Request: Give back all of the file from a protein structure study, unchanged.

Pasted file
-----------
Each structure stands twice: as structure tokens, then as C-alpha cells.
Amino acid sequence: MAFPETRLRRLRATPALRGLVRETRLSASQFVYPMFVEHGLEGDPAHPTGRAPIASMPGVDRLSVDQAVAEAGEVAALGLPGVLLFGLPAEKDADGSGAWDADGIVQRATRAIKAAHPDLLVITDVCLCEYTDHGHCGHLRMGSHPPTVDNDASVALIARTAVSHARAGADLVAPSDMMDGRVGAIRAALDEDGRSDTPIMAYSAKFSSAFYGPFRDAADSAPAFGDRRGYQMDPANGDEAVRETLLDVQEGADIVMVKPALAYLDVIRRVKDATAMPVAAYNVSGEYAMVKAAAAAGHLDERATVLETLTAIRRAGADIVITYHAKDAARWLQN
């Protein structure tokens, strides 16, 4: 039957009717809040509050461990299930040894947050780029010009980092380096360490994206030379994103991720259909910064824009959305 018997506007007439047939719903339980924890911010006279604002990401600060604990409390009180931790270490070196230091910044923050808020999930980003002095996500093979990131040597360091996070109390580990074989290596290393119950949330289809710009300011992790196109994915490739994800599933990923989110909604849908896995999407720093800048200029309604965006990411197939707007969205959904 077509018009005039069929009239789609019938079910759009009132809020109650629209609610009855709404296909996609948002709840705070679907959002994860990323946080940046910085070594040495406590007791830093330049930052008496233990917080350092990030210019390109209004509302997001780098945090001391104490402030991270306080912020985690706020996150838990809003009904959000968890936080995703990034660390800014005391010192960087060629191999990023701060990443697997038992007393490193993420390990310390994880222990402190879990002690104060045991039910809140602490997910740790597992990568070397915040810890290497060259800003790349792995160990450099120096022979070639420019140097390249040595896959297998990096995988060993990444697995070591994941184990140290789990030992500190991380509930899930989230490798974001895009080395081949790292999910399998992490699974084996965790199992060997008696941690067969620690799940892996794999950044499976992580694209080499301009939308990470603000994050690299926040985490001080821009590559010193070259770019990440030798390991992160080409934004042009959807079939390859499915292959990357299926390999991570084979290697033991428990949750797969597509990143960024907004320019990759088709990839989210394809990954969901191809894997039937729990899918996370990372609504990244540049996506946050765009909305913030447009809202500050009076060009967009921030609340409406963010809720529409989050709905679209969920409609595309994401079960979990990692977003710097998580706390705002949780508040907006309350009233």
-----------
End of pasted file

Each structure stands twice: as structure tokens, then as C-alpha cells.
Amino acid sequence: MAFPETRLRRLRATPALRGLVRETRLSASQFVYPMFVEHGLEGDPAHPTGRAPIASMPGVDRLSVDQAVAEAGEVAALGLPGVLLFGLPAEKDADGSGAWDADGIVQRATRAIKAAHPDLLVITDVCLCEYTDHGHCGHLRMGSHPPTVDNDASVALIARTAVSHARAGADLVAPSDMMDGRVGAIRAALDEDGRSDTPIMAYSAKFSSAFYGPFRDAADSAPAFGDRRGYQMDPANGDEAVRETLLDVQEGADIVMVKPALAYLDVIRRVKDATAMPVAAYNVSGEYAMVKAAAAAGHLDERATVLETLTAIRRAGADIVITYHAKDAARWLQN
């Protein structure tokens, strides 16, 4: 039957009717809040509050461990299930040894947050780029010009980092380096360490994206030379994103991720259909910064824009959305 018997506007007439047939719903339980924890911010006279604002990401600060604990409390009180931790270490070196230091910044923050808020999930980003002095996500093979990131040597360091996070109390580990074989290596290393119950949330289809710009300011992790196109994915490739994800599933990923989110909604849908896995999407720093800048200029309604965006990411197939707007969205959904 077509018009005039069929009239789609019938079910759009009132809020109650629209609610009855709404296909996609948002709840705070679907959002994860990323946080940046910085070594040495406590007791830093330049930052008496233990917080350092990030210019390109209004509302997001780098945090001391104490402030991270306080912020985690706020996150838990809003009904959000968890936080995703990034660390800014005391010192960087060629191999990023701060990443697997038992007393490193993420390990310390994880222990402190879990002690104060045991039910809140602490997910740790597992990568070397915040810890290497060259800003790349792995160990450099120096022979070639420019140097390249040595896959297998990096995988060993990444697995070591994941184990140290789990030992500190991380509930899930989230490798974001895009080395081949790292999910399998992490699974084996965790199992060997008696941690067969620690799940892996794999950044499976992580694209080499301009939308990470603000994050690299926040985490001080821009590559010193070259770019990440030798390991992160080409934004042009959807079939390859499915292959990357299926390999991570084979290697033991428990949750797969597509990143960024907004320019990759088709990839989210394809990954969901191809894997039937729990899918996370990372609504990244540049996506946050765009909305913030447009809202500050009076060009967009921030609340409406963010809720529409989050709905679209969920409609595309994401079960979990990692977003710097998580706390705002949780508040907006309350009233």